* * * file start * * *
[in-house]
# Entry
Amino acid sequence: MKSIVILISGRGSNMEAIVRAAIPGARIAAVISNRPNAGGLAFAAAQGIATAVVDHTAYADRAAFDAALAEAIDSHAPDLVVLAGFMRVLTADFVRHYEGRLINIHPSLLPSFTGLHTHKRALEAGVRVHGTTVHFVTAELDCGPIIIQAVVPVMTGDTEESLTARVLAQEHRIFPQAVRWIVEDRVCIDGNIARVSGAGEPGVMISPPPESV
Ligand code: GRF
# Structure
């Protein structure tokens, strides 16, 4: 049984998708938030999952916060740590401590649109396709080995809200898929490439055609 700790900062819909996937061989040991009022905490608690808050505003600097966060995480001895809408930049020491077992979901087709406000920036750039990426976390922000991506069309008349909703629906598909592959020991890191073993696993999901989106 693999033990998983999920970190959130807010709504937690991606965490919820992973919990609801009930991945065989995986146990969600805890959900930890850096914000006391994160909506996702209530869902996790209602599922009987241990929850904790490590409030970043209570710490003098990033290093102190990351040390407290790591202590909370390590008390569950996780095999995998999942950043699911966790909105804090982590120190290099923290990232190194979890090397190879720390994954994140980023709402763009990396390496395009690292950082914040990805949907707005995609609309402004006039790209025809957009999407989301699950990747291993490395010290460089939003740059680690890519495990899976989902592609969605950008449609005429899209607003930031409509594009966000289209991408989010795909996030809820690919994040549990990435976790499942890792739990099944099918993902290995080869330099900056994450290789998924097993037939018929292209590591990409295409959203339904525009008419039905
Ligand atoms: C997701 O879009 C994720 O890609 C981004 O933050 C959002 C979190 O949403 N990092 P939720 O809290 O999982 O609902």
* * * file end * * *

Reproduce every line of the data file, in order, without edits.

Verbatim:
[in-house]
# Entry
Amino acid sequence: MKSIVILISGRGSNMEAIVRAAIPGARIAAVISNRPNAGGLAFAAAQGIATAVVDHTAYADRAAFDAALAEAIDSHAPDLVVLAGFMRVLTADFVRHYEGRLINIHPSLLPSFTGLHTHKRALEAGVRVHGTTVHFVTAELDCGPIIIQAVVPVMTGDTEESLTARVLAQEHRIFPQAVRWIVEDRVCIDGNIARVSGAGEPGVMISPPPESV
Ligand code: GRF
# Structure
């Protein structure tokens, strides 16, 4: 049984998708938030999952916060740590401590649109396709080995809200898929490439055609 700790900062819909996937061989040991009022905490608690808050505003600097966060995480001895809408930049020491077992979901087709406000920036750039990426976390922000991506069309008349909703629906598909592959020991890191073993696993999901989106 693999033990998983999920970190959130807010709504937690991606965490919820992973919990609801009930991945065989995986146990969600805890959900930890850096914000006391994160909506996702209530869902996790209602599922009987241990929850904790490590409030970043209570710490003098990033290093102190990351040390407290790591202590909370390590008390569950996780095999995998999942950043699911966790909105804090982590120190290099923290990232190194979890090397190879720390994954994140980023709402763009990396390496395009690292950082914040990805949907707005995609609309402004006039790209025809957009999407989301699950990747291993490395010290460089939003740059680690890519495990899976989902592609969605950008449609005429899209607003930031409509594009966000289209991408989010795909996030809820690919994040549990990435976790499942890792739990099944099918993902290995080869330099900056994450290789998924097993037939018929292209590591990409295409959203339904525009008419039905
Ligand atoms: C997701 O879009 C994720 O890609 C981004 O933050 C959002 C979190 O949403 N990092 P939720 O809290 O999982 O609902």